Reclaiming history…

On August 23-25, 2019 people around the world will remember the arrival of the first enslaved Africans  in North America. This  event will mark the Quad-Centennial of the forced transatlantic voyage of enslaved African peoples to Virginia.   On August 25, 1619,  a pirated ship carrying stolen human cargo from Africa arrived in the English colony in North America.  Taken from the Angola region of Africa, these men and women were known for their agricultural, metal working and farming skills. These skills would prove to be invaluable and profitable for the survival of English colonist.  The arrival of this first slave ship set in motion the transatlantic slave trade. From the 16th to the 19th century between 10 million and 12 million African people were kidnapped, enslaved and scattered throughout the Americas.   Slavery and the Middle Passage was an event of monumental proportion that not just affected North America but changed Africa forever.  The legacy of racism and fear of people of African descent are rooted in the policies, practices, beliefs and actions that legalized slavery, legitimized the slave trade and colonialism.  Four hundred years later, the descendants of the transatlantic slave trade still face racial  barriers in affordable housing, voting, employment, education and health care. “History, despite its wrenching pain, cannot be unlived, but if faced with courage, need not be lived again.”– Maya Angelou Connecting the dots of the transatlantic slave trade, the forced removal and assimilation of Native American Indians; the denial of citizenship of Chinese workers and the exploitation of migrant Mexican farm workers are all crimes against humanity in American history. We cannot change history or its impact on past generations, but it is important to know and teach the truth of this history.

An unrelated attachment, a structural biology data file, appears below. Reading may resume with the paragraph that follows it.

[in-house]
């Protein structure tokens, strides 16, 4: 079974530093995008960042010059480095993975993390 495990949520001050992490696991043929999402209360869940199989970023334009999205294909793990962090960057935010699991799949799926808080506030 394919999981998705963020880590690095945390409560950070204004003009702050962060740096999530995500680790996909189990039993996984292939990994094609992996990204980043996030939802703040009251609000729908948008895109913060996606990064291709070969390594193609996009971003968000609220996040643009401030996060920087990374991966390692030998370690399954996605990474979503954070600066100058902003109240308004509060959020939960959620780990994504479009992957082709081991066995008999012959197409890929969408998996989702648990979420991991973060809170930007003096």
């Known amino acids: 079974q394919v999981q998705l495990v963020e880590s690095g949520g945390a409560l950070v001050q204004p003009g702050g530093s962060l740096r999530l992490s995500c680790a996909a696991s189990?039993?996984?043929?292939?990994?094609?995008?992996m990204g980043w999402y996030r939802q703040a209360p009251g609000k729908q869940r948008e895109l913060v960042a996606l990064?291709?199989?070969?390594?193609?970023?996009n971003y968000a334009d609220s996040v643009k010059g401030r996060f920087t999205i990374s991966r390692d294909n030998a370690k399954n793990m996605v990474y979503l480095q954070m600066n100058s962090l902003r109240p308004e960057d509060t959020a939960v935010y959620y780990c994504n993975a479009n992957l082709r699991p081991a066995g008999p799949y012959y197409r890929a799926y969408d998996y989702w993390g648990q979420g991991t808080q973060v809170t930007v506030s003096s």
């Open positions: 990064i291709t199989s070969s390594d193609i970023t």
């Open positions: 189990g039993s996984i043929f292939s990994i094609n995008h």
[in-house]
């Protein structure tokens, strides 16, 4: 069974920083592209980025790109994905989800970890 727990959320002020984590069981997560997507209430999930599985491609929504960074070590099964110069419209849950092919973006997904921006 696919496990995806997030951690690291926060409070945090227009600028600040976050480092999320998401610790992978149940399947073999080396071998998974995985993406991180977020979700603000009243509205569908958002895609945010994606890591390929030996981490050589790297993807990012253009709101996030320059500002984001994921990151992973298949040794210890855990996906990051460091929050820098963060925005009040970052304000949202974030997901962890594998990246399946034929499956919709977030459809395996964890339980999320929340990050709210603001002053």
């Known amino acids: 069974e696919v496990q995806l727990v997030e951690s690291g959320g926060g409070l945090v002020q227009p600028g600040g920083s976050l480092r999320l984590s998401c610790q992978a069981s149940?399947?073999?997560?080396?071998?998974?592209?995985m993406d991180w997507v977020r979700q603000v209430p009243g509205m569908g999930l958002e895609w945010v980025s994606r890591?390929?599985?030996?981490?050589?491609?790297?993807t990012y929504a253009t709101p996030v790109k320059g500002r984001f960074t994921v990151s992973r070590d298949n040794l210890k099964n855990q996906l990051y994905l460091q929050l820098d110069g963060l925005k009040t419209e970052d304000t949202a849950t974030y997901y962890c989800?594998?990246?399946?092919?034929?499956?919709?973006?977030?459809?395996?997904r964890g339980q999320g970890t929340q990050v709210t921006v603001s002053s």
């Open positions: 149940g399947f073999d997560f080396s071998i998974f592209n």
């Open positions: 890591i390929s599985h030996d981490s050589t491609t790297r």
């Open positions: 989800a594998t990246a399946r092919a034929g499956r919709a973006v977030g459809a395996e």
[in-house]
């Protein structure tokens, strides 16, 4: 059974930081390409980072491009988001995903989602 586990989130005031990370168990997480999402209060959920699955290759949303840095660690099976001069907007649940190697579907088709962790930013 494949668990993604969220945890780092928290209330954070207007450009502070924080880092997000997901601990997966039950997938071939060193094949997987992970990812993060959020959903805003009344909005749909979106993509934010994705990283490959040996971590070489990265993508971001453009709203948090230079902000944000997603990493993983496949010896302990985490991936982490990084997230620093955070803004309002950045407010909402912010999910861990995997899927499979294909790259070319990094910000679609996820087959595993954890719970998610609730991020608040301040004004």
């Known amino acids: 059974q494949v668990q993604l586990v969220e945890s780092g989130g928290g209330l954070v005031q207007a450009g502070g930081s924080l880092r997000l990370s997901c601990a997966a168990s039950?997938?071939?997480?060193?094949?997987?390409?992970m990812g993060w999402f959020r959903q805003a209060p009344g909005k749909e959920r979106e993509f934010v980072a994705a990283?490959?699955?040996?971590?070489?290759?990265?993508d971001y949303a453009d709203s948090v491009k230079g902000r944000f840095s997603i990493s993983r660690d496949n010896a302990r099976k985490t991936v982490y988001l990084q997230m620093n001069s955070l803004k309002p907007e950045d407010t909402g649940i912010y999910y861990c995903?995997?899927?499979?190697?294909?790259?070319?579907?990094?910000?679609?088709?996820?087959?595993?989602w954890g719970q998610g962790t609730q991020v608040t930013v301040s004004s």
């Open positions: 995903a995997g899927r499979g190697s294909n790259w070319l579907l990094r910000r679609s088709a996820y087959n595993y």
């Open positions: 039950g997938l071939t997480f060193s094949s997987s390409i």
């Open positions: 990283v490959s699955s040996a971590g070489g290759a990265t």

The Evangelical Lutheran Church in America is partner of the organization Bread for the World’s  “Lament and Hope”: A Pan-African Devotional Guide Commemorating the 2019 Quad-Centennial of the Forced Transatlantic Voyage of Enslaved African Peoples to Jamestown, Virginia (USA). The devotional makes the connections between Bread for the World’s mission to end hunger and the history of the enslavement of African descent people; the creation of racialized policies within the U.S and the colonization on the continent of Africa. As a collective Christian voice, Bread for the World further recognizes and acknowledges the role many churches have played in supporting and perpetuating these horrific practices and policies. In 2019 at the Churchwide Assembly, the Evangelical Lutheran Church in America will issue an apology for slavery to People of African Descent.

The downloadable devotional resource is available at


Sculpture featured at the National Memorial For Peace and Justice, Montgomery, Alabama.


Judith E.B. Roberts, serves as Program Director for Racial Justice.